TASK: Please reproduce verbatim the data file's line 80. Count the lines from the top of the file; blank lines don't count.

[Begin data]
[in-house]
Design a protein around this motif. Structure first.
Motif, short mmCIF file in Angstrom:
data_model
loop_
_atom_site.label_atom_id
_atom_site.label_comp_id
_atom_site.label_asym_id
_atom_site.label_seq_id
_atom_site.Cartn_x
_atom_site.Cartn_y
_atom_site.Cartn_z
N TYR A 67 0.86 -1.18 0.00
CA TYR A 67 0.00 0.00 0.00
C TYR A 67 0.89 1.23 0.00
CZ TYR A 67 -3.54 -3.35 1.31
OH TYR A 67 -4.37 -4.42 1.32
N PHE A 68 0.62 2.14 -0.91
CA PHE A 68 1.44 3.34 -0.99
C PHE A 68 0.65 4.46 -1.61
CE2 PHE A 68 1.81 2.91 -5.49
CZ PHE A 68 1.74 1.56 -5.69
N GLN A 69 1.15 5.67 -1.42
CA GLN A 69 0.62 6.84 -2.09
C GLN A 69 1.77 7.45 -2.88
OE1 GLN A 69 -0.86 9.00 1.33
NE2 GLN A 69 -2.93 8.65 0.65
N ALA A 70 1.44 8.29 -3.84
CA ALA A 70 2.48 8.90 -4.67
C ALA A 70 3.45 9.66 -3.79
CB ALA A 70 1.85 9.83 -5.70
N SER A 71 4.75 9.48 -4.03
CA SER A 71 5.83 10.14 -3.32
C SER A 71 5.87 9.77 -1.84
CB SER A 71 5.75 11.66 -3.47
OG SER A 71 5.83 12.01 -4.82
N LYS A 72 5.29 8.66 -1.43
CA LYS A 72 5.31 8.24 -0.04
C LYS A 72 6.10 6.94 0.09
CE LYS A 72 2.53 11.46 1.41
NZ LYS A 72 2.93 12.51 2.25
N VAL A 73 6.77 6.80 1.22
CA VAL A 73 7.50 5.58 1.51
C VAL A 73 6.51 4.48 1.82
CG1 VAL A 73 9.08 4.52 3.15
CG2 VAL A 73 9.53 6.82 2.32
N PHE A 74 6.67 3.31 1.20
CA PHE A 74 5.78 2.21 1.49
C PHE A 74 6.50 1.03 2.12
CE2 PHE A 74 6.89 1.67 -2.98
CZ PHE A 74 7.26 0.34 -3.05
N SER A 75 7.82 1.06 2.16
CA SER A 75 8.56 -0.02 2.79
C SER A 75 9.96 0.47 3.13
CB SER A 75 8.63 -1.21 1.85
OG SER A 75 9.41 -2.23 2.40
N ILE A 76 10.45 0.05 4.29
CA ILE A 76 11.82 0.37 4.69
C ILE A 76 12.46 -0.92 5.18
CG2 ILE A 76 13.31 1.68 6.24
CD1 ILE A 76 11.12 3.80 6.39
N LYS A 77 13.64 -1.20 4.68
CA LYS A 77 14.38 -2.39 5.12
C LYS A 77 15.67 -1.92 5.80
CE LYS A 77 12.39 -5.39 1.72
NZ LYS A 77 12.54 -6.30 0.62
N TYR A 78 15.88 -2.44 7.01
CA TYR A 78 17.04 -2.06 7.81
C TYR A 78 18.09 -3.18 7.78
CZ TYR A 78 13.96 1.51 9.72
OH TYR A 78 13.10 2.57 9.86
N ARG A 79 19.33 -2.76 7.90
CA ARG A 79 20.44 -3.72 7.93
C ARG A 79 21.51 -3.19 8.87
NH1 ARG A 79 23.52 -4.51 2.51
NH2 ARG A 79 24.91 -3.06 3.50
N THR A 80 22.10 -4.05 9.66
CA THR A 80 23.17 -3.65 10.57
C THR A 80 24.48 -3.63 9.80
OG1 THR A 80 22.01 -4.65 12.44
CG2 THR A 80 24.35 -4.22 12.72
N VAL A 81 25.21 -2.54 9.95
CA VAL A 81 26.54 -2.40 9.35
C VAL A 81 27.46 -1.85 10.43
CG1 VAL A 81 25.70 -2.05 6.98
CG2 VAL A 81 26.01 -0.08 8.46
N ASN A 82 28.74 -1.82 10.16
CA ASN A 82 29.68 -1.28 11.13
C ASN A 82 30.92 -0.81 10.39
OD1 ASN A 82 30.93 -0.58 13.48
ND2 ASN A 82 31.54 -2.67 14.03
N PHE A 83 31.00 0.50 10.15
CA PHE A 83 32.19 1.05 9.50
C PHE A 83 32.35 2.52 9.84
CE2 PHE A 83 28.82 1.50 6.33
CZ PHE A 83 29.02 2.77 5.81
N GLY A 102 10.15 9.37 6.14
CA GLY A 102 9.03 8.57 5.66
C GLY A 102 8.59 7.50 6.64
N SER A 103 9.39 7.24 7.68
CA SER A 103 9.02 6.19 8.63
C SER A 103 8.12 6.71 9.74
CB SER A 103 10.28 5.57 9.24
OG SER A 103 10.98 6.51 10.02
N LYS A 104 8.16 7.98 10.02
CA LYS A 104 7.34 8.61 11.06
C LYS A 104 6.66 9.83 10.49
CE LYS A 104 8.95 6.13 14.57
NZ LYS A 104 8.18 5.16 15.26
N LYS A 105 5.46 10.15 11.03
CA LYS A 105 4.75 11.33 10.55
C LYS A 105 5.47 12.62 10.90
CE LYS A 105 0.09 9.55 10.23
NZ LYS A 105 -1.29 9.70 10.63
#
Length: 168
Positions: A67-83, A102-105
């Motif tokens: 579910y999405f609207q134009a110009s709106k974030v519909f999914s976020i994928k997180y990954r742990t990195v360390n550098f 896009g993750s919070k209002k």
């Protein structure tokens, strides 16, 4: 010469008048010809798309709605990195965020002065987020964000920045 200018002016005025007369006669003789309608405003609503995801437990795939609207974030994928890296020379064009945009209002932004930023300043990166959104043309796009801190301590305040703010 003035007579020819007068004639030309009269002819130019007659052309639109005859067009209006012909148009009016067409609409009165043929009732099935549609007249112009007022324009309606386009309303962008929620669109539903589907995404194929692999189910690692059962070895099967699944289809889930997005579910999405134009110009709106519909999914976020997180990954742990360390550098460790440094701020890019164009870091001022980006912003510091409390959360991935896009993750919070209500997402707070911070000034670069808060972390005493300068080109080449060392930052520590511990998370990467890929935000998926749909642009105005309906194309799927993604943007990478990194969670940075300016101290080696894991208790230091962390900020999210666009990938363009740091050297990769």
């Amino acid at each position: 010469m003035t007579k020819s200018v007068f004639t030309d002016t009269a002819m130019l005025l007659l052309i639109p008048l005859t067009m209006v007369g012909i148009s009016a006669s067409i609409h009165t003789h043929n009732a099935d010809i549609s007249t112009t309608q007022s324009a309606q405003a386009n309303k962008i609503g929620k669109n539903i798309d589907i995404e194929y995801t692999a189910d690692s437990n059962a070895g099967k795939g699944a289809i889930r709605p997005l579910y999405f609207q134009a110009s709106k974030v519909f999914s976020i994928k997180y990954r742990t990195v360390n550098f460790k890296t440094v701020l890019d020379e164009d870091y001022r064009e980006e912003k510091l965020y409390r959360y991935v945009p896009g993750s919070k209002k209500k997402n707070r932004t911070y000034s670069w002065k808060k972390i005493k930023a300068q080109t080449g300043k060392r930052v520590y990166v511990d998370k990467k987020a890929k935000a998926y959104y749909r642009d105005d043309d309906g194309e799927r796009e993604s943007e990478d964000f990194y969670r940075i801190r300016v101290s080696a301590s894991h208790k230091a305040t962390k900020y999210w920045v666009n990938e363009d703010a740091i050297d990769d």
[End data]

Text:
OG1 THR A 80 22.01 -4.65 12.44